THE estate of the late Patrick Rocca has just five months to sell a London office block before a €102m mortgage owed on the property falls due for full repayment.
Lloyds Chambers -- which Mr Rocca purchased for €116m at the height of the property boom in 2007 -- was put on the market last week with an asking price of €105m, which will just about cover bank loans of €101.9m on the building that must be repaid by this October.
In a note to the latest annual accounts for Lloyds Chamber Property Ltd, auditors for the company for which Annette Rocca -- the widow of the tragic tycoon who took his own life in 2009 -- serves as sole director, outline the necessity to sell the 18,000sqm property.
"The company would be unable to repay the group loan without disposing of its investment property. As at the date of this report [January 24, 2011], the group has been unable to extend or refinance the underlying bank loan," the auditors state.
A closer examination of the company's accounts shows a steady decline in the value of the Portsoken Street property since its acquisition by Mr Rocca in 2007.
While the building was given a valuation of €117m that year, by 2010 its value had slumped to to €108m. The current asking price of €105m would appear to reflect both the realities of a London property market that is only now in the tentative stages of recovery and the urgent requirement of the Rocca estate to achieve a sale.
This urgency is borne out further with a statement noting that Annette Rocca considers its "results and financial position" to be "less than satisfactory".
Elsewhere, the accounts note Ms Rocca's salary for 2009 and 2010 as €202,840 and €169,000 respectively.
But whatever about the precarious financial position of Lloyds Chambers Property Ltd, prospective purchasers of Lloyds Chambers itself could yet secure a welcome financial return from the building that occupies a prime position in London's E1 office district. At present, the premises are let to global insurance giant Aon at a rent of €8m per annum.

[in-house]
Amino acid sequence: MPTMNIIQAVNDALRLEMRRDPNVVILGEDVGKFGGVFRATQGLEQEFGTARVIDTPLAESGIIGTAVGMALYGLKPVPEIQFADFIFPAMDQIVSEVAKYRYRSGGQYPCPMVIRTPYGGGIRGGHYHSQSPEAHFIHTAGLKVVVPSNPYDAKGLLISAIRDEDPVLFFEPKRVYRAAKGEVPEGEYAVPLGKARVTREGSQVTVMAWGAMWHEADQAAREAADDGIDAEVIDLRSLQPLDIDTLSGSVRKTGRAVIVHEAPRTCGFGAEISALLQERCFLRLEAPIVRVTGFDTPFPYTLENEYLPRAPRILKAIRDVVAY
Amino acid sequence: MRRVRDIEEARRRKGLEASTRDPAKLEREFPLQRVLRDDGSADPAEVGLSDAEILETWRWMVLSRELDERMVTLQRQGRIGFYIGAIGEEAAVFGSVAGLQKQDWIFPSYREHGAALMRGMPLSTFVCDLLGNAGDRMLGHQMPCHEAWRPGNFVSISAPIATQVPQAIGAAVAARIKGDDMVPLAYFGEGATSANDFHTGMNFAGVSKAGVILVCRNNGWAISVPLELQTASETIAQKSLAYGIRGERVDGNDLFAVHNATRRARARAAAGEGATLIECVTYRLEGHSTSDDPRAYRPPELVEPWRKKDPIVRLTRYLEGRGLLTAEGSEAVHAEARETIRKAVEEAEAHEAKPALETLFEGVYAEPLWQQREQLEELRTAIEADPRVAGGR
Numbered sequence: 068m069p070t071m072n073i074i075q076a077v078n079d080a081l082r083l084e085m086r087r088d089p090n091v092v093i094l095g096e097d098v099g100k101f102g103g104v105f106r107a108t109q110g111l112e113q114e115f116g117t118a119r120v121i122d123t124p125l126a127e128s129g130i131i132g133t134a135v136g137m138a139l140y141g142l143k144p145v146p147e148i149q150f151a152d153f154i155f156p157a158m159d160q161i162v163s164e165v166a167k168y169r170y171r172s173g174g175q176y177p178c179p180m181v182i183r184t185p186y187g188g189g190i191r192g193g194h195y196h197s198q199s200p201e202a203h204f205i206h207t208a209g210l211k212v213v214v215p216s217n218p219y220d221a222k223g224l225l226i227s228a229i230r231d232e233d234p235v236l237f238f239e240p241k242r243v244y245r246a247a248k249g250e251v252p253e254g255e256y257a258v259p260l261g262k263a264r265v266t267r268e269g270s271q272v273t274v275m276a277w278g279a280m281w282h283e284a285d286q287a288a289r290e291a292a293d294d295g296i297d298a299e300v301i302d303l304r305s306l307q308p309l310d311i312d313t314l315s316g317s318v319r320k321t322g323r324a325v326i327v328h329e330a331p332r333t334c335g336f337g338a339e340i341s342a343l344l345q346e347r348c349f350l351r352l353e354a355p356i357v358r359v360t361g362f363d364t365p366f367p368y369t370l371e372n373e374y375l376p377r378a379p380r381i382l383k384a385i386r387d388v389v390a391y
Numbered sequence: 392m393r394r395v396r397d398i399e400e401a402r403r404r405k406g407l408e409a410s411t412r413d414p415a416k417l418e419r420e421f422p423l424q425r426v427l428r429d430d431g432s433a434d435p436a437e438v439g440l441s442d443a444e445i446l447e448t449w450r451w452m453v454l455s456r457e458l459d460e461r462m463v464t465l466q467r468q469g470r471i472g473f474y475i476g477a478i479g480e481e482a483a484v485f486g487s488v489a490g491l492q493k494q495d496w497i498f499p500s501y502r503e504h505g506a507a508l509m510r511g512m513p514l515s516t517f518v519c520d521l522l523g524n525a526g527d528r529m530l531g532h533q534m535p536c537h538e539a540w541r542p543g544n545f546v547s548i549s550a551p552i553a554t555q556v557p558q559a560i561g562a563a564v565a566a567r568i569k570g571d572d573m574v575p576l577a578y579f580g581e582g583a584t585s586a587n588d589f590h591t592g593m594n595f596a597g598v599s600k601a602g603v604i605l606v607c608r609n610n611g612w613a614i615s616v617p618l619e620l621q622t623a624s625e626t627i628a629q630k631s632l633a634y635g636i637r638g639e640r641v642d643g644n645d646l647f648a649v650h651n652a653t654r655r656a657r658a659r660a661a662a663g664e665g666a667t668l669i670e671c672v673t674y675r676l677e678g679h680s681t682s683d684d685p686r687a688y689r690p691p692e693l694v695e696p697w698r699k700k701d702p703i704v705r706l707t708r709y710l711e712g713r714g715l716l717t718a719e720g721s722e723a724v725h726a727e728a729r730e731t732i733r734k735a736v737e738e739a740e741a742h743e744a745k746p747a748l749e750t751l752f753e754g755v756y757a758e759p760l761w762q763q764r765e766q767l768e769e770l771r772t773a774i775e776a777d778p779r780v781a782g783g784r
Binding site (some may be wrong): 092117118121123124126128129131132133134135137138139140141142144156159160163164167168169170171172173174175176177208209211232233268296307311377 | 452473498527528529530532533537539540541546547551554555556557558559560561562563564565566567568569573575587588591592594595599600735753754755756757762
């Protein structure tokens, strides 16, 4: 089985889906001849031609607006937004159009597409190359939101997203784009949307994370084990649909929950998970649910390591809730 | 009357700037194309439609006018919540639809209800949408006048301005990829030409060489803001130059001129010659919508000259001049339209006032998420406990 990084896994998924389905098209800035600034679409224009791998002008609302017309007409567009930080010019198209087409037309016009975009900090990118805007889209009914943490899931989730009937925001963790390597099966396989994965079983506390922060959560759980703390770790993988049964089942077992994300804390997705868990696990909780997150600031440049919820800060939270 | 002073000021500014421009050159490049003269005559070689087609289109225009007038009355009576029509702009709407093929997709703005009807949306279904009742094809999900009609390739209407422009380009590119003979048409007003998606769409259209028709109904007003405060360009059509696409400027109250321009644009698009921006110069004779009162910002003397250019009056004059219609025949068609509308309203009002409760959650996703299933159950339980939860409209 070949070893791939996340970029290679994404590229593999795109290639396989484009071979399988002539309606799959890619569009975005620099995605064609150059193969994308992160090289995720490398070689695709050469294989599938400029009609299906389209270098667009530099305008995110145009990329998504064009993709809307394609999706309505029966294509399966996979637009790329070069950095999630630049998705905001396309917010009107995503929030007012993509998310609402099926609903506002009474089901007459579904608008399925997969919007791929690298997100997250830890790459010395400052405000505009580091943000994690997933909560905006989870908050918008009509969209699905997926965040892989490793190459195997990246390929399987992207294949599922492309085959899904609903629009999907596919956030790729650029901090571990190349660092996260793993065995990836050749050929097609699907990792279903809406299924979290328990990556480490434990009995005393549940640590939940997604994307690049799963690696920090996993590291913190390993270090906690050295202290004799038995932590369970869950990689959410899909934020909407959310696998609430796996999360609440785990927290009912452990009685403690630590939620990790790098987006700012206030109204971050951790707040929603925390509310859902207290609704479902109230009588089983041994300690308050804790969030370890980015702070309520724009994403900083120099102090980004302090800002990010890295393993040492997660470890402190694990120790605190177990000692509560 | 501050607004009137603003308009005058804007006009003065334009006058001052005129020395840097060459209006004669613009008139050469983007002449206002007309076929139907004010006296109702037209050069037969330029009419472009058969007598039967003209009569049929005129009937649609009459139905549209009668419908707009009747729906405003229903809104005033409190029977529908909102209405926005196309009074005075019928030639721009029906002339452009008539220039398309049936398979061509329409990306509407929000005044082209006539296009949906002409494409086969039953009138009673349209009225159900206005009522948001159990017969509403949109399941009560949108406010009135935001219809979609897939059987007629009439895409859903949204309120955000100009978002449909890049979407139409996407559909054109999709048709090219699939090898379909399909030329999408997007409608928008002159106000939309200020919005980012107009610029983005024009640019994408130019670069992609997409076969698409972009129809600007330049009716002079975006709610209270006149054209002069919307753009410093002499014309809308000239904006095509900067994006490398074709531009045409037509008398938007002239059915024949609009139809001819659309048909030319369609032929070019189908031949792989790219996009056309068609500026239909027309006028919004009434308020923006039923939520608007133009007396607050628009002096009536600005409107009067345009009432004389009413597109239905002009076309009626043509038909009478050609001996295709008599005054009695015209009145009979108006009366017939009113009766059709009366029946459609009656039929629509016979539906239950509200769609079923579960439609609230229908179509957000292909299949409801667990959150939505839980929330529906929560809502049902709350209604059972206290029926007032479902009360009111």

The existing lease agreement runs up until June 24, 2018, according to the company's accounts.
Before his death in 2009, Mr Rocca had been widely held to be one of Ireland's most successful businessmen and property investors with a hugely valuable investment portfolio both here and in the UK. Mr Rocca even counted Bill Clinton among his many friends, famously lending the former US President his helicopter when he came to Ireland to play golf.
The close bond between the two was captured in an emotional speech Mr Clinton made in March of this year, in which he reflected on the human impact of the Irish economic crisis, saying: "The thing that has troubled me most, believe it or not, about this whole economic crisis in Ireland has been the rise in the suicide rate -- not just among the young where it was already too high, but among people in their prime working years who felt somehow their lives have been robbed from them by this.
"A good friend of mine was one of those young, phenomenally prosperous Irish men who took his life when this happened and it made me think about this all over again."